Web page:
Physical controls on the storage of methane in landfast sea ice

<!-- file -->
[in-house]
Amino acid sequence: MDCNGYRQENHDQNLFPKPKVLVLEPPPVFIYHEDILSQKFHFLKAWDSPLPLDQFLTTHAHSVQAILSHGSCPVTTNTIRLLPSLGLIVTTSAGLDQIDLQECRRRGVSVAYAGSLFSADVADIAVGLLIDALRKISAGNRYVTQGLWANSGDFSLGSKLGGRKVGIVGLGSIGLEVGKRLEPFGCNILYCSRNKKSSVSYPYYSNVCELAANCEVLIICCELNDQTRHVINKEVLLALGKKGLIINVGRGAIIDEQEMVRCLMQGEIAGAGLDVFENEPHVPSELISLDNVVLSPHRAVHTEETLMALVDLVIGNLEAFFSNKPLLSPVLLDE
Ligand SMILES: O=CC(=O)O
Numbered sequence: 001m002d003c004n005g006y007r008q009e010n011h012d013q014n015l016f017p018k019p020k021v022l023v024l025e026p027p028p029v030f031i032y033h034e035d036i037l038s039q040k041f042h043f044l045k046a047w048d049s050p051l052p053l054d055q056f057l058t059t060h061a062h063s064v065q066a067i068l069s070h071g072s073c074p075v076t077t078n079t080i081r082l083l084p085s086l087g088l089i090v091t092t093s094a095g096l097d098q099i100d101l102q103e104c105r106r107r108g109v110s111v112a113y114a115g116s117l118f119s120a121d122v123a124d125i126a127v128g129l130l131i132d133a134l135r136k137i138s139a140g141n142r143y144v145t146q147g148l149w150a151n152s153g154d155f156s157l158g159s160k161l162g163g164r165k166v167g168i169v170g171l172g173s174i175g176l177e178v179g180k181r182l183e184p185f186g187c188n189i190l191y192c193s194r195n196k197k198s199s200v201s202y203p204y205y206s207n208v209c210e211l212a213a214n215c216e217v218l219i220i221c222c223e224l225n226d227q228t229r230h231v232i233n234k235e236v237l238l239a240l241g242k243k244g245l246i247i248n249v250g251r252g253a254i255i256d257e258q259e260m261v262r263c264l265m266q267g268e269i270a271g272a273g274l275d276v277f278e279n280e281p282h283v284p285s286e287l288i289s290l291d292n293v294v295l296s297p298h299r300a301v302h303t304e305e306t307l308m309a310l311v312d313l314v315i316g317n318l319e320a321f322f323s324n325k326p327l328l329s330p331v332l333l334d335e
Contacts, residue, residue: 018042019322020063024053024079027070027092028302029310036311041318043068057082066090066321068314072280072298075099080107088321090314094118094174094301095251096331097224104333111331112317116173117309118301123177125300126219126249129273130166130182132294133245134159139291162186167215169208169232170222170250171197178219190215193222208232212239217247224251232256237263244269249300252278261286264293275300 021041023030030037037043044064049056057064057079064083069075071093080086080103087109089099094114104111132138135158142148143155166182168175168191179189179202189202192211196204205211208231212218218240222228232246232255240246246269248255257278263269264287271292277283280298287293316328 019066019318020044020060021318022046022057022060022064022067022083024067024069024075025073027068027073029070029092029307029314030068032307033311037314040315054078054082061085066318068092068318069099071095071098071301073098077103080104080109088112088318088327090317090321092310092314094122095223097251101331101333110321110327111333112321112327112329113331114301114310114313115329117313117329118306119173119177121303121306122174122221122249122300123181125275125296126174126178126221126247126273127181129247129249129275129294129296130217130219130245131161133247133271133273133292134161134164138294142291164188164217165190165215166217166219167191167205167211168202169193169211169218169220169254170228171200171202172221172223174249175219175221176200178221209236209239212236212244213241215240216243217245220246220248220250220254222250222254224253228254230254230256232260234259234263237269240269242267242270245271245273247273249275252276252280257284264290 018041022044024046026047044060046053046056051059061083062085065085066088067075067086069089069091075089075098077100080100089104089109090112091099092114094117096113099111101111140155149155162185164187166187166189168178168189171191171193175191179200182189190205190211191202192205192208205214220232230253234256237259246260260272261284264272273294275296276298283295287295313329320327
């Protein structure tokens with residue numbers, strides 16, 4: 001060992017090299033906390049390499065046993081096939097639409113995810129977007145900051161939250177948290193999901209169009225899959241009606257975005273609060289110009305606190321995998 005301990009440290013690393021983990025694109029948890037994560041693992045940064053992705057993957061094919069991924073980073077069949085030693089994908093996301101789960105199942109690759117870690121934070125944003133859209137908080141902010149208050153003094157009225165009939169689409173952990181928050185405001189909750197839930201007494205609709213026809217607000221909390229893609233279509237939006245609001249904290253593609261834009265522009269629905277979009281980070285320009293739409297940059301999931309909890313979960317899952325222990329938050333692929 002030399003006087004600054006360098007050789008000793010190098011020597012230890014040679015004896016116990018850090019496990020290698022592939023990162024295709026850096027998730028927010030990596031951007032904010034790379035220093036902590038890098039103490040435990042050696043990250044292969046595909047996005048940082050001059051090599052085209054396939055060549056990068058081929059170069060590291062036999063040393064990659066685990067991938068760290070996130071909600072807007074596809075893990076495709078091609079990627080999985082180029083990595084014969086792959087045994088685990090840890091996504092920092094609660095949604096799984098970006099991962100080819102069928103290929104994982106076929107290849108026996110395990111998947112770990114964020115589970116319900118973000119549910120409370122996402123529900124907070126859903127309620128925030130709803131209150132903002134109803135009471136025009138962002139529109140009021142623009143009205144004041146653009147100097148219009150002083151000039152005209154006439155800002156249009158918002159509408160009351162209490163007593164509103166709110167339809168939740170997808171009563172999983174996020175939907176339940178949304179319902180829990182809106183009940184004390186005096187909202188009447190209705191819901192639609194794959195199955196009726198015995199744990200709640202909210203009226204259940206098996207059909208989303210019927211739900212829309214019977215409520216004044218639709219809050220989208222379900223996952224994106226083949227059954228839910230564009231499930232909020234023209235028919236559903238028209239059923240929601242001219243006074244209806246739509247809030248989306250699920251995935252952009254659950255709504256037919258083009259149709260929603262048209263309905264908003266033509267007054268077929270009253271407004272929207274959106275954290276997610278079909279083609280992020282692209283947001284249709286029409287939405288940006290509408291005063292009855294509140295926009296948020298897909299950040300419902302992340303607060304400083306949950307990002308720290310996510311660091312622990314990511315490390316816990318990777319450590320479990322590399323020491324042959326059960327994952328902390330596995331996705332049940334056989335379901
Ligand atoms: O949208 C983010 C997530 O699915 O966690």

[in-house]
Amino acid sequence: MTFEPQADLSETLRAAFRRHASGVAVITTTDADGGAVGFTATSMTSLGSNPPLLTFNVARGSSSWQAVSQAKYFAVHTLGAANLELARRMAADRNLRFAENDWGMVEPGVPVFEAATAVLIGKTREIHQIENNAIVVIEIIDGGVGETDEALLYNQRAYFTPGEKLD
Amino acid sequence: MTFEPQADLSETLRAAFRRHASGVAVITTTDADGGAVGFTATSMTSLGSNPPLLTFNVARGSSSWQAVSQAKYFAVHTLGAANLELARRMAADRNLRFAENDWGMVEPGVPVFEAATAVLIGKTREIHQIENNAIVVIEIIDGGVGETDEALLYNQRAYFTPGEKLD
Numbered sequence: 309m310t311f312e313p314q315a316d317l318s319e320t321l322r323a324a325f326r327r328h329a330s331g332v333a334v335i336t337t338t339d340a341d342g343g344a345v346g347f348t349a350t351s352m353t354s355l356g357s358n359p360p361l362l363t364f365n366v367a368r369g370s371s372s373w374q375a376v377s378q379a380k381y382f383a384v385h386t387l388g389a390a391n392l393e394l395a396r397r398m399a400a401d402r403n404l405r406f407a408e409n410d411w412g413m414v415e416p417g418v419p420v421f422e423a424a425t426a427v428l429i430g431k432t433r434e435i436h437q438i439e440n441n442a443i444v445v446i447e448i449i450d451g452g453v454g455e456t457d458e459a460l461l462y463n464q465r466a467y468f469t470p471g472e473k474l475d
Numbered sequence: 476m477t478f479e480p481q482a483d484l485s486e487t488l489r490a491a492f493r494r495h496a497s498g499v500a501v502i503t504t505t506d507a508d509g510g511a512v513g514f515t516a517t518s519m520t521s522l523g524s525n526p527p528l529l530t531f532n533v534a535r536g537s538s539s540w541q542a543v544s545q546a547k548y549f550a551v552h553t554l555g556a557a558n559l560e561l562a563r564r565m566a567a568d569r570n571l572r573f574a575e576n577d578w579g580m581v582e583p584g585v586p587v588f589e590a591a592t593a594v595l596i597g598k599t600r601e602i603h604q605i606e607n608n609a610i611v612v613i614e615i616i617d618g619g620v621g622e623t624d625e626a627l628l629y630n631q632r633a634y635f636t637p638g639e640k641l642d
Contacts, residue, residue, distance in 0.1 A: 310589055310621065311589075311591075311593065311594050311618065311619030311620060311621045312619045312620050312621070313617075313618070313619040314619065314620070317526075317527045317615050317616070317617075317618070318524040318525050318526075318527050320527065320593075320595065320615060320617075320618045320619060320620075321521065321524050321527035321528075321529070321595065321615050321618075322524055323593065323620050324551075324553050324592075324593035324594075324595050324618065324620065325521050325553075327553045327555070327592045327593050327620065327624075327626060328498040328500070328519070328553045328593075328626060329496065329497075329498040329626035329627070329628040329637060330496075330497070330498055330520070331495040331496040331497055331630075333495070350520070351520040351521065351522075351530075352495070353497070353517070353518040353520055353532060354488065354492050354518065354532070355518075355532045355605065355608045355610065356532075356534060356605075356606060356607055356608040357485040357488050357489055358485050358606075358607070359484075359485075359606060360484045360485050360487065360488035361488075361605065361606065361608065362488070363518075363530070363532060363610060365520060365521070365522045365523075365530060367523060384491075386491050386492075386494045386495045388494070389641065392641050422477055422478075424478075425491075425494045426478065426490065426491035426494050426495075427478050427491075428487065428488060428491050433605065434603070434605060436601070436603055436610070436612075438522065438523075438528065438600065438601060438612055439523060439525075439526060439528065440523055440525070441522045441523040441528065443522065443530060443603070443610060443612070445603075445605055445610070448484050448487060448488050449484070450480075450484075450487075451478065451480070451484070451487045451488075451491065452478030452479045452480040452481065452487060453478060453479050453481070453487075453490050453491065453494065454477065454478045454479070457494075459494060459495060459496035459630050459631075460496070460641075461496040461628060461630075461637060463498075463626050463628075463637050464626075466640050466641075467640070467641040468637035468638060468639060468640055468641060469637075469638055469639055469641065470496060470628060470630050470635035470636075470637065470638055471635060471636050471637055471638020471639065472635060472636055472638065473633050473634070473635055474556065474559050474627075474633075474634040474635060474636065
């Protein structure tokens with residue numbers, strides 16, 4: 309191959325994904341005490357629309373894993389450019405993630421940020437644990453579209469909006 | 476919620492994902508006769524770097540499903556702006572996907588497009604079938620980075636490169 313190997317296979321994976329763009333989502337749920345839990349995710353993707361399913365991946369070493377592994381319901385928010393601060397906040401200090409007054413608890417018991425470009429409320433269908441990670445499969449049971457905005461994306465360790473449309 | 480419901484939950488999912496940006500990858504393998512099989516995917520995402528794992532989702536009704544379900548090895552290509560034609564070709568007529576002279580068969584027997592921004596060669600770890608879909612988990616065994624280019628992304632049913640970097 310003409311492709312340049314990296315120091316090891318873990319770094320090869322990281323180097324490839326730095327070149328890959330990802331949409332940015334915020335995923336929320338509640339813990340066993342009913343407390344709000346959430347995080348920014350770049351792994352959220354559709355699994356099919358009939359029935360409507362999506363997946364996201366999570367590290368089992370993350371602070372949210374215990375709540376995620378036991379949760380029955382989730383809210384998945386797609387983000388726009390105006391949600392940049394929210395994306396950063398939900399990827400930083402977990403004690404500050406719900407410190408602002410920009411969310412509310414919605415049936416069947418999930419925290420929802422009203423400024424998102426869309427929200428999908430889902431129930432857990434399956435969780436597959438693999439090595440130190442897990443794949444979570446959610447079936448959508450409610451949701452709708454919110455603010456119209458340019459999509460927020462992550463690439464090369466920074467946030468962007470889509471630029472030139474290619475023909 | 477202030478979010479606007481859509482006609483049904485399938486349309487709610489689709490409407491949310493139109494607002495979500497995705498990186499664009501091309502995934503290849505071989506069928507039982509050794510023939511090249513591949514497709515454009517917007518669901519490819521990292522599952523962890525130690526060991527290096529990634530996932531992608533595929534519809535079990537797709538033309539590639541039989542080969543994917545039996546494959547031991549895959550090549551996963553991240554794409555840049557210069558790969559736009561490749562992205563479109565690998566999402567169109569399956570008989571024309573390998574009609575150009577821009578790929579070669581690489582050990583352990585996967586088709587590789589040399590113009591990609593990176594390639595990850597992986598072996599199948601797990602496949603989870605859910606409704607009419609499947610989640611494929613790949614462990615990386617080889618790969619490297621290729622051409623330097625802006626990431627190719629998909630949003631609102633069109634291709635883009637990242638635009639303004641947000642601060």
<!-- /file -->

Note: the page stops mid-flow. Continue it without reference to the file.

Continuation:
We report on methane (CH 4) dynamics in landfast sea ice, brine and under-ice seawater at Barrow in 2009. The CH 4 concentrations in under-ice water ranged from 25.9 to 116.4 nmol L −1sw, indicating a supersaturation of 700 to 3100% relative to the atmosphere. In comparison, the CH 4 concentrations in sea ice ranged from 3.4 to 17.2 nmol L −1ice and the deduced CH 4 concentrations in brine from 13.2 to 677.7 nmol L −1brine. We investigated the processes underlying the difference in CH 4 concentrations between sea ice, brine and under-ice water and suggest that biological controls on the storage of CH 4 in ice were minor in comparison to the physical controls. Two physical processes regulated the storage of CH 4 in our landfast ice samples: bubble formation within the ice and sea ice permeability. Gas bubble formation due to brine concentration and solubility decrease favoured the accumulation of CH 4 in the ice at the beginning of ice growth. CH 4 retention in sea ice was then twice as efficient as that of salt; this also explains the overall higher CH 4 concentrations in brine than in the under-ice water. As sea ice thickened, gas bubble formation became less efficient, CH 4 was then mainly trapped in the dissolved state. The increase of sea ice permeability during ice melt marked the end of CH 4 storage.